Yes. Diuretics can increase your risk of developing gout, a type of arthritis caused by the buildup of uric acid crystals in a joint.
This may happen because diuretics increase urination, which reduces the amount of fluid in your body. But the remaining fluid is more concentrated, which can increase the risk that you'll develop the crystals that cause gout. Some types of diuretics also reduce the kidneys' excretion of urate, a component of uric acid.
You and your doctor will decide if it's best for you to continue taking the diuretic, or switch to another medication. There are many other types of blood pressure medications that don't increase your risk of gout. Also, many of the measures you take to reduce blood pressure have the added benefit of lowering uric acid. Other measures that you can take to lower uric acid include:
- Eating a healthy diet, with an emphasis on vegetables, plant proteins, low-fat dairy products and whole grains, and reduced servings of meat and seafood
- Drinking little to no alcohol
- Limiting beverages that are sugar sweetened and limiting foods and beverages that contain high fructose corn syrup
- Losing weight and maintaining a healthy weight based on your body mass index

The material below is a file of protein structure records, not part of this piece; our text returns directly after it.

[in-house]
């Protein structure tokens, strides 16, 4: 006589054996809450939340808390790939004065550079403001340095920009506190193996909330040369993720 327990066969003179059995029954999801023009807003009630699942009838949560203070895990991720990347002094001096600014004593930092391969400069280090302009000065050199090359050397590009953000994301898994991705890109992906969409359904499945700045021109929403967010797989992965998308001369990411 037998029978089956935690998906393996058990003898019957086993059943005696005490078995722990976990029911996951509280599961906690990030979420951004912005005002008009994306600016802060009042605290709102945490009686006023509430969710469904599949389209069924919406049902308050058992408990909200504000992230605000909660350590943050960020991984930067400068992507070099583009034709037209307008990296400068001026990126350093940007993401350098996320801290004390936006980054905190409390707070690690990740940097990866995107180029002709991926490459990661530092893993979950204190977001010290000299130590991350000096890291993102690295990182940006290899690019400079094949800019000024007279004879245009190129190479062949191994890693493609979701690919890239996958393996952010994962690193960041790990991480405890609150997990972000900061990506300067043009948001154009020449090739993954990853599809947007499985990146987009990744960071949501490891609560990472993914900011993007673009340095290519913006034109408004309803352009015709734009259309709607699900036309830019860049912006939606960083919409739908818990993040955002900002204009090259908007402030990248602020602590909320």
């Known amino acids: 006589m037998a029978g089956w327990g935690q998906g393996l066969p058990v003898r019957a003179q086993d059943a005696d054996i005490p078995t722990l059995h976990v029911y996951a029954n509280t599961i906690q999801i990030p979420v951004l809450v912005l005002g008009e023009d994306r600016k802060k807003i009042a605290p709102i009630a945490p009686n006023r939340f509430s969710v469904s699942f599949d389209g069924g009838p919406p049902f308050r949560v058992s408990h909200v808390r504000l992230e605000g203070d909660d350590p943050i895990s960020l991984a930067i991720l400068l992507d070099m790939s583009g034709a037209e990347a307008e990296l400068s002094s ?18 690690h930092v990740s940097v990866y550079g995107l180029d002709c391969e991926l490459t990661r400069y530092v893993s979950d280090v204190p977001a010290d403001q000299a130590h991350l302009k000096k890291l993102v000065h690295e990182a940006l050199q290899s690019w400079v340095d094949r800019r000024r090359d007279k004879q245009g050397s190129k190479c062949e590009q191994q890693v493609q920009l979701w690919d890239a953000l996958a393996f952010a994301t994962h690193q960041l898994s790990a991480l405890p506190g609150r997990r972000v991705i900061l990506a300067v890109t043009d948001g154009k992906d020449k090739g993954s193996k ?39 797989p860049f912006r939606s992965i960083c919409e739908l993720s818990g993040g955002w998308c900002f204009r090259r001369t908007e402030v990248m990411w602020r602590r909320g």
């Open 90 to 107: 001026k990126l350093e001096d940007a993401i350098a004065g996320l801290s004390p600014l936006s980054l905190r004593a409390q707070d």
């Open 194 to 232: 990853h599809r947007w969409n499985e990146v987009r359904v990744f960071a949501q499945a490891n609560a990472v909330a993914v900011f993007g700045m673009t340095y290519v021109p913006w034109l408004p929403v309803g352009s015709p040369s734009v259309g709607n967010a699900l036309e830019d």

To help manage gout, it's also important to stay hydrated by drinking plenty of water. You can also limit your intake of foods rich in the compound purine, which form uric acid when they are broken down. Common purine-rich foods include liver, mackerel, herring, game meats and sardines.
Nov. 03, 2020
- Salem CB, et al. Drug-induced hyperuricaemia and gout. Rheumatology. 2017;56:679.
- Becker MA. Diuretic-induced hyperuricemia and gout. https://www.uptodate.com/contents/search. Accessed Aug. 28, 2017.
- Questions and answers about gout. National Institute of Arthritis and Musculoskeletal and Skin Diseases. http://www.niams.nih.gov/Health_Info/Gout. Accessed Aug. 28, 2017.
- How is high blood pressure treated? National Heart, Lung, and Blood Institute. https://www.nhlbi.nih.gov/health/health-topics/topics/hbp/treatment. Accessed Aug. 29, 2017.
- Patient education: Gout (the basics). https://www.uptodate.com/contents/search. Accessed Aug. 30, 2017.